The borrowing spree of Canada’s elderly is showing no signs of slowing down, with the national reverse mortgage debt balance swelling by 12.55% annually to reach $4.42 billion before the end of 2020.
According to data from the Office of the Superintendent of Financial Institutions, the October figures were also 1.19% larger than the September balance, representing a $52 million monthly increase.
“The rate of growth picked up from the month before, and is at a multi-month high,” real estate information portal Better Dwelling said in its analysis of the OSFI numbers. “The [annual] rate of growth is the highest since July.”
The COVID-19 pandemic appeared to have stimulated this growth, especially in the wake of mass business closures that sent millions of Canadians plunging headlong into cash-flow problems.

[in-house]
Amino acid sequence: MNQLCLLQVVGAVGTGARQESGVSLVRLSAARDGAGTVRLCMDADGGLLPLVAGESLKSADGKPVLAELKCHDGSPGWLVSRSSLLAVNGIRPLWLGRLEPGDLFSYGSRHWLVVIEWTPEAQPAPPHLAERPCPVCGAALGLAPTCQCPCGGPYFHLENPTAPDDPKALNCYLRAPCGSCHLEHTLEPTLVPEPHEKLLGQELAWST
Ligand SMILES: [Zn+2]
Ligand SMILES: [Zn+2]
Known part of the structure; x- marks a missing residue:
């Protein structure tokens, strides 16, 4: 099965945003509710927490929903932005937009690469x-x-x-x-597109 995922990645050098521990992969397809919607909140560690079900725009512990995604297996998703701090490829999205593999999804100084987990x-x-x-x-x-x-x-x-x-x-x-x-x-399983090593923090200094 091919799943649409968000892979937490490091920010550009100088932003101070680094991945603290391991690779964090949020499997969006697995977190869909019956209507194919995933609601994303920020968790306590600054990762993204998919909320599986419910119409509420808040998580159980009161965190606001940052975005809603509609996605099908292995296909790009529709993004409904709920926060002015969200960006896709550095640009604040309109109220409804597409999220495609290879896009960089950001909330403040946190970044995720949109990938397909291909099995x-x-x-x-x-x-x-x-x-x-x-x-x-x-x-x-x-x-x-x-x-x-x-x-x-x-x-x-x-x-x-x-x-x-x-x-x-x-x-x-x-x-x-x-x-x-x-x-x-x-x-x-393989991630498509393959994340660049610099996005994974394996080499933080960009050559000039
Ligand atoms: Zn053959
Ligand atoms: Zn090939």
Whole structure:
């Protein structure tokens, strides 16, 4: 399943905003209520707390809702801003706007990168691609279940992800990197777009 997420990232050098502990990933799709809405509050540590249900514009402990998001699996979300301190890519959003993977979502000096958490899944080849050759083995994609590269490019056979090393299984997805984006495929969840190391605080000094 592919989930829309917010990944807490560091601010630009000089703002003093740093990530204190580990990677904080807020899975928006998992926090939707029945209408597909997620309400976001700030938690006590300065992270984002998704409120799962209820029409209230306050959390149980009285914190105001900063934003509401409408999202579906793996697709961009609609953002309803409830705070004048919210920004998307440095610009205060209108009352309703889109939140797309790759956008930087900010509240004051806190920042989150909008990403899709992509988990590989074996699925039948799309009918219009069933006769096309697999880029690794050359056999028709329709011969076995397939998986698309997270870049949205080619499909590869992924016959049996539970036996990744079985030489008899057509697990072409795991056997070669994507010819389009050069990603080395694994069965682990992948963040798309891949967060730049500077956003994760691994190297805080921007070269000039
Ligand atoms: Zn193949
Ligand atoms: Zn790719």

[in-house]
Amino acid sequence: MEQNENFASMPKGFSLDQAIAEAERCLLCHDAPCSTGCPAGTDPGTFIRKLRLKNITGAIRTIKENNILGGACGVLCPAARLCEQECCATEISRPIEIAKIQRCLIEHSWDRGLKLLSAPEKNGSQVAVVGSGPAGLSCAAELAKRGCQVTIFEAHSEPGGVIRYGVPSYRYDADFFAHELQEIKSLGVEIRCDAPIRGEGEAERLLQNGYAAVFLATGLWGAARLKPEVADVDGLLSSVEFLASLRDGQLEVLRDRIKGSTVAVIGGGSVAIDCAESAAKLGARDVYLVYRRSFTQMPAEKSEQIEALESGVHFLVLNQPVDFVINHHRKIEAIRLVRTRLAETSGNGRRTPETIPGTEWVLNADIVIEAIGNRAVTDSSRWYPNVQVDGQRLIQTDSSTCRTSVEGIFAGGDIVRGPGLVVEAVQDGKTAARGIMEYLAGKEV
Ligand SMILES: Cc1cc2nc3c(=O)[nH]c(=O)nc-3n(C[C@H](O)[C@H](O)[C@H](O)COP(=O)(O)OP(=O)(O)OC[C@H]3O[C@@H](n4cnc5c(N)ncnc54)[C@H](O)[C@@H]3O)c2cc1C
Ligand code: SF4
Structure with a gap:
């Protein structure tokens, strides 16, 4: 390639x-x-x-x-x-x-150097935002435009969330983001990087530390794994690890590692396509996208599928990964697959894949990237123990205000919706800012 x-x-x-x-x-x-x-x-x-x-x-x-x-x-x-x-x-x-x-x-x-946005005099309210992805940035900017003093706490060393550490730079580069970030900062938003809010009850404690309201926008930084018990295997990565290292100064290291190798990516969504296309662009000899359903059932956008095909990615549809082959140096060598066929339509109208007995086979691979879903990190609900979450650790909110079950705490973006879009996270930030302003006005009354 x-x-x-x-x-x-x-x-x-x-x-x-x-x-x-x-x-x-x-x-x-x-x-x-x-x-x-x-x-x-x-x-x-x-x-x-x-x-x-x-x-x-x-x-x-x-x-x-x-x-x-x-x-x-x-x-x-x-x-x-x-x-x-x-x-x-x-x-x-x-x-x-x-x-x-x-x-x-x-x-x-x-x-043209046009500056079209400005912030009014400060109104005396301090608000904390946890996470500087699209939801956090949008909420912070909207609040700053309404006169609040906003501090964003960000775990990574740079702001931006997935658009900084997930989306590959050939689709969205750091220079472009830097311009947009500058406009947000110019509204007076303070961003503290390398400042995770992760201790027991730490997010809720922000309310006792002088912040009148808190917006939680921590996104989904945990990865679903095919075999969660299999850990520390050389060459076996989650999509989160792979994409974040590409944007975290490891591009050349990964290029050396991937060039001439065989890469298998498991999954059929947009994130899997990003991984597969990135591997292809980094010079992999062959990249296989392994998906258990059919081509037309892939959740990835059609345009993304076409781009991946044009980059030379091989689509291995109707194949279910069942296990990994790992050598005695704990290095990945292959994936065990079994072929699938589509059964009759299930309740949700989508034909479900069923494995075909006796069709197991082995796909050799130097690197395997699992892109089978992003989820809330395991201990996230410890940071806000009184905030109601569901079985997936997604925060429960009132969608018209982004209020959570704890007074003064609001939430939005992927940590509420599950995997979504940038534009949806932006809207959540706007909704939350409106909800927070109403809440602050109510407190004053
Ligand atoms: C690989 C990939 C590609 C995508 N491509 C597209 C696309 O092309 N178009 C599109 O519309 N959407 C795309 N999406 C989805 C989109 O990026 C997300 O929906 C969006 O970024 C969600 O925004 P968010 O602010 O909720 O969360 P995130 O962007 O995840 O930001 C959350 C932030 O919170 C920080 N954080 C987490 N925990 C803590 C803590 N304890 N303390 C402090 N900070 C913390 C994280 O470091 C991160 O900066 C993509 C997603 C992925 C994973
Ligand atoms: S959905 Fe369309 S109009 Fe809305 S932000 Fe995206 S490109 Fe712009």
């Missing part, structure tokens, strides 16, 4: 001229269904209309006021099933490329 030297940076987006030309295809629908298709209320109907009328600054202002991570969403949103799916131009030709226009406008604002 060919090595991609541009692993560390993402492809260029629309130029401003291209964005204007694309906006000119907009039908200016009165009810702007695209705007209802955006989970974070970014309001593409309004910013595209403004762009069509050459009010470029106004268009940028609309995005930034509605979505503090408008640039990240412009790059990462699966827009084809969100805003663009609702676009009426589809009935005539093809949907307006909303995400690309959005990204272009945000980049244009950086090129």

Several observers have pointed out that using reverse mortgages is a strategy that can pay off in these fiscally challenging times. Sue Pimento, vice president of referred sales at HomeEquity Bank, recently suggested to brokers that a reverse mortgage can essentially serve as an “exit strategy” out of a high-interest alternative mortgage.
“Alternative loans usually have monthly payments while reverse mortgages don’t – your clients only pay what they owe once they sell their house or pass away,” Pimento said. “This means that they will also benefit from increased monthly cash flow to enjoy the retirement they’ve always planned.”
Pimento added that reverse mortgages can also work for borrowers burdened with particularly troublesome second mortgages.
- by Ephraim Vecina 05 Jan 2021